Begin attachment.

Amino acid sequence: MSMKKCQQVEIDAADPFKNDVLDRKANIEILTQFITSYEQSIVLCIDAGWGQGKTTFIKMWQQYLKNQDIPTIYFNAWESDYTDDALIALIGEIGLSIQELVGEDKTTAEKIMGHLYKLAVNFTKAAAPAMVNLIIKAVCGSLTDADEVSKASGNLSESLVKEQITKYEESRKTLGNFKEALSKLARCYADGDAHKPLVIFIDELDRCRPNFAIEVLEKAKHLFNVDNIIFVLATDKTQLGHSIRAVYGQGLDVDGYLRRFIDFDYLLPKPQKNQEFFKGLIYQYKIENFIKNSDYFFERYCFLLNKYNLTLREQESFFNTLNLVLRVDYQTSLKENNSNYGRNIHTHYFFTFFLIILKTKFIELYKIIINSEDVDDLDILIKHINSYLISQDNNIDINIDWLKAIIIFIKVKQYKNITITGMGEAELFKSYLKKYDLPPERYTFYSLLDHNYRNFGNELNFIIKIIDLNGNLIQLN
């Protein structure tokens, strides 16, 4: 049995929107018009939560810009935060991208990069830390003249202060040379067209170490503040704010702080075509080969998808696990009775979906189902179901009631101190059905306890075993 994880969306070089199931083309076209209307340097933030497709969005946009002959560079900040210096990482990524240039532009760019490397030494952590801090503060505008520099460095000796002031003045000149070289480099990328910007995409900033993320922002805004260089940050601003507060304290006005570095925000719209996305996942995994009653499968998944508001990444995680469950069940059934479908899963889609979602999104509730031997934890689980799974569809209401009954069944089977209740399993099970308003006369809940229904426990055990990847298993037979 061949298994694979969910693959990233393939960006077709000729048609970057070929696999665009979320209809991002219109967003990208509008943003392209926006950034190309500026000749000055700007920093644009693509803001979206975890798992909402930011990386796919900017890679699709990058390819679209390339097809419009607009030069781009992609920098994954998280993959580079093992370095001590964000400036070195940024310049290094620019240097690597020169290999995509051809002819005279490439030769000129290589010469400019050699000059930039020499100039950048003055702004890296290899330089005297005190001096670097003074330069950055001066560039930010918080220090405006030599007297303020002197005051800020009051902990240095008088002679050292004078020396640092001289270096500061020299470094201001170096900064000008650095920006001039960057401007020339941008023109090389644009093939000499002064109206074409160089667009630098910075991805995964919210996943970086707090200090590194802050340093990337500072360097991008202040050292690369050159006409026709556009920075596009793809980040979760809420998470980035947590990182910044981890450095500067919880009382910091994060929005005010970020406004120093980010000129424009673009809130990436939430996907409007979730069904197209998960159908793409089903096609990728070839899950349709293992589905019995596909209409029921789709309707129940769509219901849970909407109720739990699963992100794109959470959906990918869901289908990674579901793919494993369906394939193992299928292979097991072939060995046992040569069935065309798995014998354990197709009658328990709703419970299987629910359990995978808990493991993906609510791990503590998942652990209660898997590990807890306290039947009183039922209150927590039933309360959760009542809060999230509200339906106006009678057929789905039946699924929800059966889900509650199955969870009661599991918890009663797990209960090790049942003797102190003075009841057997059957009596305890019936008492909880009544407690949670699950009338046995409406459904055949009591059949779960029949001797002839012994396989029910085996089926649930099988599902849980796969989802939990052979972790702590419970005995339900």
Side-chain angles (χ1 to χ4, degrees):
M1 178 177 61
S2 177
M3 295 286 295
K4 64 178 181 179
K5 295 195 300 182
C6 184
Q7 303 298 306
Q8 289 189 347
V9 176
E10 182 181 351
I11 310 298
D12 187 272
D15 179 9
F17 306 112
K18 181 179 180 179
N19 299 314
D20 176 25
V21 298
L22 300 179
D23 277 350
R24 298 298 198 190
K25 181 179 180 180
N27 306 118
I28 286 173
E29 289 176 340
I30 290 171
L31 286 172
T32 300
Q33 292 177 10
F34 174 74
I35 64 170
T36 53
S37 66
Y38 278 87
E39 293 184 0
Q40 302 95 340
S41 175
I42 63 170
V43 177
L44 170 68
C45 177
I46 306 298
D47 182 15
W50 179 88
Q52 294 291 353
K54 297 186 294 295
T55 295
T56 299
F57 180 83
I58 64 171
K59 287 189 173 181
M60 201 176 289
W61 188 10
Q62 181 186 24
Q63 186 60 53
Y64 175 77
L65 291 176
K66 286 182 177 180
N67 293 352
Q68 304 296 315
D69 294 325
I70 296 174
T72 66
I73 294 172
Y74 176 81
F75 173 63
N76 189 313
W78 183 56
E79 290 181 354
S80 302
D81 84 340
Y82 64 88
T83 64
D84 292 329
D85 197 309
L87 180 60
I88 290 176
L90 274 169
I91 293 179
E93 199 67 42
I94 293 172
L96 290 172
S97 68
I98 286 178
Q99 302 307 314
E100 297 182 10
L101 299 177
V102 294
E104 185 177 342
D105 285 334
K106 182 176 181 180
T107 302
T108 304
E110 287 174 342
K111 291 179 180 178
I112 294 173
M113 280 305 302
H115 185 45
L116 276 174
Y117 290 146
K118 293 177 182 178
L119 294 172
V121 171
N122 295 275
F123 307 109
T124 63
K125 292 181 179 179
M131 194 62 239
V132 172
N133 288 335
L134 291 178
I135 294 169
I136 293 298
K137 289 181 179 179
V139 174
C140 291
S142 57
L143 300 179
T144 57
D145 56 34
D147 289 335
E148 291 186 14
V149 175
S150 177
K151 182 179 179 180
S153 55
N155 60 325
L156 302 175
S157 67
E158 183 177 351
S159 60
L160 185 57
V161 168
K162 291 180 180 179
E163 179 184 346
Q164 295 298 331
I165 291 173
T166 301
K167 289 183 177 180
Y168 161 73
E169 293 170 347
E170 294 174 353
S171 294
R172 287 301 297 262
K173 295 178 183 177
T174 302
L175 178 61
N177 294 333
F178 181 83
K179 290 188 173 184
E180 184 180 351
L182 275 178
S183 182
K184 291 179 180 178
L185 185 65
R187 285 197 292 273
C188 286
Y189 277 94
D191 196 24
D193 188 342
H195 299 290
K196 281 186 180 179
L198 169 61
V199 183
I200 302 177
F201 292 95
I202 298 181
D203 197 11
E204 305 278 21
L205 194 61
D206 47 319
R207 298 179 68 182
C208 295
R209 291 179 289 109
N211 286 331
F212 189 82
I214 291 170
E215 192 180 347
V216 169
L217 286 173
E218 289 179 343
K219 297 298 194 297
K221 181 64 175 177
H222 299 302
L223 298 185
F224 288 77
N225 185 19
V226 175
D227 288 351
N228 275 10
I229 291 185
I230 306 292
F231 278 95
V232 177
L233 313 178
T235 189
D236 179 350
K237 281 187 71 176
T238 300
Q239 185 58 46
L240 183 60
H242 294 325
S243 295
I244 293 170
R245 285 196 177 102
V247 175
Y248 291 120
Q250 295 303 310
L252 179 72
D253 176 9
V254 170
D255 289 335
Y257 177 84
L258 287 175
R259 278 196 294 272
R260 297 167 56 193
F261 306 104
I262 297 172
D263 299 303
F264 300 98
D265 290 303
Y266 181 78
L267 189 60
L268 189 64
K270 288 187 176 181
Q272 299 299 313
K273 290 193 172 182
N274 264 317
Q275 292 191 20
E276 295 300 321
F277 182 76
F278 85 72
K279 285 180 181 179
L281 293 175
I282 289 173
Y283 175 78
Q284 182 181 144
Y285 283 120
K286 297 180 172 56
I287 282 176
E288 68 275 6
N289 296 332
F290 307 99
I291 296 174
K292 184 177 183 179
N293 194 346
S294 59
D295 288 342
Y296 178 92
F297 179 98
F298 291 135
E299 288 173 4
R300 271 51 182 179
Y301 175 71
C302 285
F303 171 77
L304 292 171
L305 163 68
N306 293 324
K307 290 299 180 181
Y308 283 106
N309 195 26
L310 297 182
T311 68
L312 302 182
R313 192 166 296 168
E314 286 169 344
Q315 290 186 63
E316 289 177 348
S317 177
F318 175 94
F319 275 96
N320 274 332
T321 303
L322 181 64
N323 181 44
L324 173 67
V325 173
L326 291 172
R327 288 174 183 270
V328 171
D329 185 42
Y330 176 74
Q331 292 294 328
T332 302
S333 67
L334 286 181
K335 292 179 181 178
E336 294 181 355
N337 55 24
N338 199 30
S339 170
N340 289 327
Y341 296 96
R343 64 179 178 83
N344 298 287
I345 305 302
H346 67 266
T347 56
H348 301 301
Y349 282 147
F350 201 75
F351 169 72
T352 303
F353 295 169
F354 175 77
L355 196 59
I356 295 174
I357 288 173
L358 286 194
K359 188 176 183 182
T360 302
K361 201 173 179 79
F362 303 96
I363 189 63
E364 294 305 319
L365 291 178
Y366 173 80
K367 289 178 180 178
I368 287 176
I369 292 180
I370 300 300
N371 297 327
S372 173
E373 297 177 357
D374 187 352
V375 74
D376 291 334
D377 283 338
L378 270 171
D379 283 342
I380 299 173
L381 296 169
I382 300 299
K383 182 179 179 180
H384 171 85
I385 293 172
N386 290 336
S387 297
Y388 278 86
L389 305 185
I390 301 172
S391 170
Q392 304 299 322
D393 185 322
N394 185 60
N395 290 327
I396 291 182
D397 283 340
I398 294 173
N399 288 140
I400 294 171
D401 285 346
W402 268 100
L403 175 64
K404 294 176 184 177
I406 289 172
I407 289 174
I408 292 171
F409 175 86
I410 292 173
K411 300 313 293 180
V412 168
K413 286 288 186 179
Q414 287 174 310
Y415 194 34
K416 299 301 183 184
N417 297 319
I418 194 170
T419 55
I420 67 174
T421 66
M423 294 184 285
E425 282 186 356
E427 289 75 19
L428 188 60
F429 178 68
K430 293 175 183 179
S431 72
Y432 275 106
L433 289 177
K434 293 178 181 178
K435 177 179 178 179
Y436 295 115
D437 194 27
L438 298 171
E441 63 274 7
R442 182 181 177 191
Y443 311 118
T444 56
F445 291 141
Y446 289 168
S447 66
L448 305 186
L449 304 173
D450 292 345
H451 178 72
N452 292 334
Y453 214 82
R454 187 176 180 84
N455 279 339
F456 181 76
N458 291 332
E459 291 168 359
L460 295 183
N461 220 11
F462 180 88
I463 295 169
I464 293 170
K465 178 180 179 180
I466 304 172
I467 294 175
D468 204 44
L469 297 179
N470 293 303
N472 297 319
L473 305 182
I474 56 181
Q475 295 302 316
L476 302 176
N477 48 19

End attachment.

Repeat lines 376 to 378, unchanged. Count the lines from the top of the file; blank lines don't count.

M423 294 184 285
E425 282 186 356
E427 289 75 19